More often than not, a job listing consists of three basic elements: a general position summary, a breakdown of minimum qualifications, and a list of responsibilities. Anyone who has ever written a job description knows that it is just about impossible to create a comprehensive account of position responsibilities—you just can’t anticipate everything. So, this list of roles frequently ends with four magical words: Other duties as assigned. This ingeniously vague phrasing opens an inexhaustible realm of possible assignments—from the banal to the bizarre. Crystal Bridges staff are no strangers to these odd jobs. Here are a few memorable tasks and obstacles encountered in recent years. All Hands on Deck
Crystal Bridges opened its doors to the public on November 11 of 2011. We anticipated high attendance that first month, but the reality exceeded expectations. On the first day alone, we welcomed over 5,500 guests and Museum Members—and the following days were just as busy.
I worked as a Guest Services Associate at the time and can report that by the end of the first week my feet were throbbing, my voice was hoarse, and my cheek muscles were sore from smiling—I had previously been unaware that this was even possible.
With the seemingly endless stream of eager Museum goers, we needed all of the help we could get on the front line. It was time to call for backup. By the end of day two, there were administrative assistants cleaning audio guides, accountants passing out brochures, educators manning the coat-check, and directors bussing tables.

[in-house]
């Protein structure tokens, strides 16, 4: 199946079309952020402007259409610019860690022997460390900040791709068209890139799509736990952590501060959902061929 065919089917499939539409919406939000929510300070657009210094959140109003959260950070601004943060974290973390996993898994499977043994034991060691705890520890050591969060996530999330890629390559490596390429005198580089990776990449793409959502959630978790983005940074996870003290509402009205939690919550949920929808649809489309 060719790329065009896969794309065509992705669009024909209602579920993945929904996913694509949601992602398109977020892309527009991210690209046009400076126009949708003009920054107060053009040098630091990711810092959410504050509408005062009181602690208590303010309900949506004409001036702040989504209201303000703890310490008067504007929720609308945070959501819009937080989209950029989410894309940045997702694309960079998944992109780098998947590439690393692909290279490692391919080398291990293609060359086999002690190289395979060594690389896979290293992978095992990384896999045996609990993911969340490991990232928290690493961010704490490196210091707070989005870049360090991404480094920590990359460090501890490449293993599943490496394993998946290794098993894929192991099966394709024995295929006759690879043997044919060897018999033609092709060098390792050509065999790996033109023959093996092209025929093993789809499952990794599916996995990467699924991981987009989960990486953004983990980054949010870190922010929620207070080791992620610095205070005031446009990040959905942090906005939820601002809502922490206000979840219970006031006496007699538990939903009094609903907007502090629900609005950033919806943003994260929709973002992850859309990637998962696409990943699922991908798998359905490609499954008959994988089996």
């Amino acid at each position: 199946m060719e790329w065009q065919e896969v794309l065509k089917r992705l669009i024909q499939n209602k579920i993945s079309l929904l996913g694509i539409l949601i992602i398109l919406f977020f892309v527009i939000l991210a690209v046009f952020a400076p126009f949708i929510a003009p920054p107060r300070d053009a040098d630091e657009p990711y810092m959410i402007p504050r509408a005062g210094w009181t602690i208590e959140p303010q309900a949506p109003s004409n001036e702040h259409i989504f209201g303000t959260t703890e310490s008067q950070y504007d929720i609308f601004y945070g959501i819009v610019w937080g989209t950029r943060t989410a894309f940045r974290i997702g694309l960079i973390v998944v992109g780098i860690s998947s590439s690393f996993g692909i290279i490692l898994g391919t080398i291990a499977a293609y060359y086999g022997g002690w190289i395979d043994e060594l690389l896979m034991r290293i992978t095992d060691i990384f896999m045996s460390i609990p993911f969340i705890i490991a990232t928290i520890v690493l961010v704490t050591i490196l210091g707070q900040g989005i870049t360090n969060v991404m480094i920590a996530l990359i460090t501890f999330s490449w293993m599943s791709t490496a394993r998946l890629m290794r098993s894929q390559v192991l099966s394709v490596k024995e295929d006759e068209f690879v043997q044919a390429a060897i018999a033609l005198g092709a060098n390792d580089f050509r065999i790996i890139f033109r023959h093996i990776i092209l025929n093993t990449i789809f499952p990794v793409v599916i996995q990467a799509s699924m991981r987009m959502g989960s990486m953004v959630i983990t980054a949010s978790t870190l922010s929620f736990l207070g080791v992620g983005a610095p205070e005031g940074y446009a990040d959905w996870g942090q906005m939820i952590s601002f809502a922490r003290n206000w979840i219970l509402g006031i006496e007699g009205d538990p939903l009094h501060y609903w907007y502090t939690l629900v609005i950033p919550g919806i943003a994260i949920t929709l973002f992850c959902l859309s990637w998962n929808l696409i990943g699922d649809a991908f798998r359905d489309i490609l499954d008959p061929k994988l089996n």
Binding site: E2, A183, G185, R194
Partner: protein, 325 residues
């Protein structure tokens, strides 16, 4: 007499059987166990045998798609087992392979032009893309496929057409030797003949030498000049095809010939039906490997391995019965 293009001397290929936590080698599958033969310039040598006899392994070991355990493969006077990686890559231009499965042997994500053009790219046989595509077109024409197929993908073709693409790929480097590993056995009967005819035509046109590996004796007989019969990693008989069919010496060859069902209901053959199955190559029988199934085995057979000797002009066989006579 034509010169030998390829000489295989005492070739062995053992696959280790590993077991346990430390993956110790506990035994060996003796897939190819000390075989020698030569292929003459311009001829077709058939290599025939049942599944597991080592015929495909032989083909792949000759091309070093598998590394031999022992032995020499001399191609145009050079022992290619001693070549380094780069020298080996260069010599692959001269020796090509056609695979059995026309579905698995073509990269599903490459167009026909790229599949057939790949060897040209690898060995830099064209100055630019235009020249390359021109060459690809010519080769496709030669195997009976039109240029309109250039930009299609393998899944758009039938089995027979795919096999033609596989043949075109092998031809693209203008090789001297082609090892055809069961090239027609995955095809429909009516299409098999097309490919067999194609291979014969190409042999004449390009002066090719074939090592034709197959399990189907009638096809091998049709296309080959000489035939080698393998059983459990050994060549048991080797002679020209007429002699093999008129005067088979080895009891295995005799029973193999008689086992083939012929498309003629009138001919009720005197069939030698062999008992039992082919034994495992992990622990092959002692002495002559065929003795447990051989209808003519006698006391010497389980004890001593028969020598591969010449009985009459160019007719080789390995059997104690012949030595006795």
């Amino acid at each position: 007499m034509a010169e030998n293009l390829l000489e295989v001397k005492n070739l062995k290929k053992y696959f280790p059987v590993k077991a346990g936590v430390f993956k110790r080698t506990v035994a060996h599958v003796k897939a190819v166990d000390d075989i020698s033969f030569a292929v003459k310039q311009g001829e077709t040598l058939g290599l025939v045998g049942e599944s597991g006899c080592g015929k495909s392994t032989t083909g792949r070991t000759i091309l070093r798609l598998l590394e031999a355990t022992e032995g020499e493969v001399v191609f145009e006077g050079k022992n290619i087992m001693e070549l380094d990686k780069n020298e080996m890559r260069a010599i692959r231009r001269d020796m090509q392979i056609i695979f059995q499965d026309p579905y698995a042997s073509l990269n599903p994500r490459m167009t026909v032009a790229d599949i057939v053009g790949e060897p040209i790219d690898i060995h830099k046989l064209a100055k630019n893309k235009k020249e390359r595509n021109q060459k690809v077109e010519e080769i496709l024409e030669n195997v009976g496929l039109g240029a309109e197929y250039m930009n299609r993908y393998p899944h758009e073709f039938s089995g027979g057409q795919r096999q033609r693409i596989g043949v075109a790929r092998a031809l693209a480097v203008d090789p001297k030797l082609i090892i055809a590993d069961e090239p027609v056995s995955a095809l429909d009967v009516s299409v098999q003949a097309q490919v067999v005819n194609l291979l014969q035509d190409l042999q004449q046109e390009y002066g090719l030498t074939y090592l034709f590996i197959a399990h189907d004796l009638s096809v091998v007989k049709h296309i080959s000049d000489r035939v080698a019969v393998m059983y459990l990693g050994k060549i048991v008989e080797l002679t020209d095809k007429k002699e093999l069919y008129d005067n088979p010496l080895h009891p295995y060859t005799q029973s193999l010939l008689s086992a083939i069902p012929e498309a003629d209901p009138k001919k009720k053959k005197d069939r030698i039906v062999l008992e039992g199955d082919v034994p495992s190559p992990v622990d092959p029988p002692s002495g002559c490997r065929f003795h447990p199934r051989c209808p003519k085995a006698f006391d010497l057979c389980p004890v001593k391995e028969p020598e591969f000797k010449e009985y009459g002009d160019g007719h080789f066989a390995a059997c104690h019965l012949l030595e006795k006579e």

We made it thought that first month thanks to the commitment and flexibility of the staff. Without such dedication, my aching face might have never recovered. The Voice
Crystal Bridges employees have an array of hobbies and talents—some unexpected. Jamey McGaugh is among this skilled group. In addition to being the Development Officer at Crystal Bridges, McGaugh is an actor. He has also done voiceover work in the past. Knowing this, Director of Education and Exhibitions, Niki Ciccotelli Stewart, decided to enlist his talents when it came time to record the audio guide.
McGaugh’s voice can be heard in a number of audio tour introductions, as well as in the volunteer orientation slideshow and the Museum’s phone system recording. (On hectic days, I like to call our main line just to hear his pleasant tone as he recites the Museum’s hours of operation.) Groundhog Relocation Plan (GRP) Groundhogs are adorable, but when ours began to dig a series of tunnels on the Museum Store’s green roof, it became difficult to overlook their fluffy antics. Fearing for the safety of the staff who would have to navigate these shallow trenches without falling to the concrete courtyard below, the Trails and Grounds crew developed the Groundhog Relocation Plan, or GRP. Through trials, errors, mishaps, and successes, the team perfected their groundhog removal technique.
For details about this momentous feat, check out Trails and Grounds Manager Clay Bakker’s post Trails and Grounds Reveal the GRP.